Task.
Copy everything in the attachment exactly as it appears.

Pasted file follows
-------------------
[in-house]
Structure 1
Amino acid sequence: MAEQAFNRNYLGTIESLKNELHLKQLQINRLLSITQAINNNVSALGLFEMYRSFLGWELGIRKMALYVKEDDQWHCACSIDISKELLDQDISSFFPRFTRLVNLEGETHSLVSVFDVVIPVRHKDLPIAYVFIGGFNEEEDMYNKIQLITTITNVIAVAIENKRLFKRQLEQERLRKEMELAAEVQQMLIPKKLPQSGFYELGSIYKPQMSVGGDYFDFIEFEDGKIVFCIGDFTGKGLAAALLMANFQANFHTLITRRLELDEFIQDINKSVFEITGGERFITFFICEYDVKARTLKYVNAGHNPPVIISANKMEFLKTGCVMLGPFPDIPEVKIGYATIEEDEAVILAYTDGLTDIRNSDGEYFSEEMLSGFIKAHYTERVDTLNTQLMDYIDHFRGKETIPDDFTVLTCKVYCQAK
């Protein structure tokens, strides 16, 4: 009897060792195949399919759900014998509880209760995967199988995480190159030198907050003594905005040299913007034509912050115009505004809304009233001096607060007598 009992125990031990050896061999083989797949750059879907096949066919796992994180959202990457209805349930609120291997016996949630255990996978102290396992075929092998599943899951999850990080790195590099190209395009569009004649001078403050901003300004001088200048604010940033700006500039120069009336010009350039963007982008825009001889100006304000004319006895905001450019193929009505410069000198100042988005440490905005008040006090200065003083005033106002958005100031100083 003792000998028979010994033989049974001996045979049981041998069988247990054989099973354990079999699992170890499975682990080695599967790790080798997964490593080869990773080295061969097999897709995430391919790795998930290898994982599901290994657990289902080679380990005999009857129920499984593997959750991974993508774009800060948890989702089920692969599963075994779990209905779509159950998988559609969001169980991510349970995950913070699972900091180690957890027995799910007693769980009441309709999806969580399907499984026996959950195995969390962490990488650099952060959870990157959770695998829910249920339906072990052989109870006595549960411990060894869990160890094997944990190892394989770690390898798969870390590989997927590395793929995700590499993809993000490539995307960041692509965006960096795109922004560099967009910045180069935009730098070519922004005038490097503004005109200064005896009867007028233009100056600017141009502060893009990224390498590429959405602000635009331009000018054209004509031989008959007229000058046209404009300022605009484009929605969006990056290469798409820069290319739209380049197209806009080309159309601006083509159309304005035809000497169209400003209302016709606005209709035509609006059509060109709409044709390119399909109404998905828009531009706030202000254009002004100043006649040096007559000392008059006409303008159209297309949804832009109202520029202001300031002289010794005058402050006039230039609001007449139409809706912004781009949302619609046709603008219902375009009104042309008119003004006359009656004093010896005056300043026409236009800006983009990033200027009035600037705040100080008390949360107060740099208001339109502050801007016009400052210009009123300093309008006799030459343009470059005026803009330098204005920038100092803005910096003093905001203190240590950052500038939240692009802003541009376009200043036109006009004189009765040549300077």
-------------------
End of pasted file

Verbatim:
[in-house]
Structure 1
Amino acid sequence: MAEQAFNRNYLGTIESLKNELHLKQLQINRLLSITQAINNNVSALGLFEMYRSFLGWELGIRKMALYVKEDDQWHCACSIDISKELLDQDISSFFPRFTRLVNLEGETHSLVSVFDVVIPVRHKDLPIAYVFIGGFNEEEDMYNKIQLITTITNVIAVAIENKRLFKRQLEQERLRKEMELAAEVQQMLIPKKLPQSGFYELGSIYKPQMSVGGDYFDFIEFEDGKIVFCIGDFTGKGLAAALLMANFQANFHTLITRRLELDEFIQDINKSVFEITGGERFITFFICEYDVKARTLKYVNAGHNPPVIISANKMEFLKTGCVMLGPFPDIPEVKIGYATIEEDEAVILAYTDGLTDIRNSDGEYFSEEMLSGFIKAHYTERVDTLNTQLMDYIDHFRGKETIPDDFTVLTCKVYCQAK
């Protein structure tokens, strides 16, 4: 009897060792195949399919759900014998509880209760995967199988995480190159030198907050003594905005040299913007034509912050115009505004809304009233001096607060007598 009992125990031990050896061999083989797949750059879907096949066919796992994180959202990457209805349930609120291997016996949630255990996978102290396992075929092998599943899951999850990080790195590099190209395009569009004649001078403050901003300004001088200048604010940033700006500039120069009336010009350039963007982008825009001889100006304000004319006895905001450019193929009505410069000198100042988005440490905005008040006090200065003083005033106002958005100031100083 003792000998028979010994033989049974001996045979049981041998069988247990054989099973354990079999699992170890499975682990080695599967790790080798997964490593080869990773080295061969097999897709995430391919790795998930290898994982599901290994657990289902080679380990005999009857129920499984593997959750991974993508774009800060948890989702089920692969599963075994779990209905779509159950998988559609969001169980991510349970995950913070699972900091180690957890027995799910007693769980009441309709999806969580399907499984026996959950195995969390962490990488650099952060959870990157959770695998829910249920339906072990052989109870006595549960411990060894869990160890094997944990190892394989770690390898798969870390590989997927590395793929995700590499993809993000490539995307960041692509965006960096795109922004560099967009910045180069935009730098070519922004005038490097503004005109200064005896009867007028233009100056600017141009502060893009990224390498590429959405602000635009331009000018054209004509031989008959007229000058046209404009300022605009484009929605969006990056290469798409820069290319739209380049197209806009080309159309601006083509159309304005035809000497169209400003209302016709606005209709035509609006059509060109709409044709390119399909109404998905828009531009706030202000254009002004100043006649040096007559000392008059006409303008159209297309949804832009109202520029202001300031002289010794005058402050006039230039609001007449139409809706912004781009949302619609046709603008219902375009009104042309008119003004006359009656004093010896005056300043026409236009800006983009990033200027009035600037705040100080008390949360107060740099208001339109502050801007016009400052210009009123300093309008006799030459343009470059005026803009330098204005920038100092803005910096003093905001203190240590950052500038939240692009802003541009376009200043036109006009004189009765040549300077």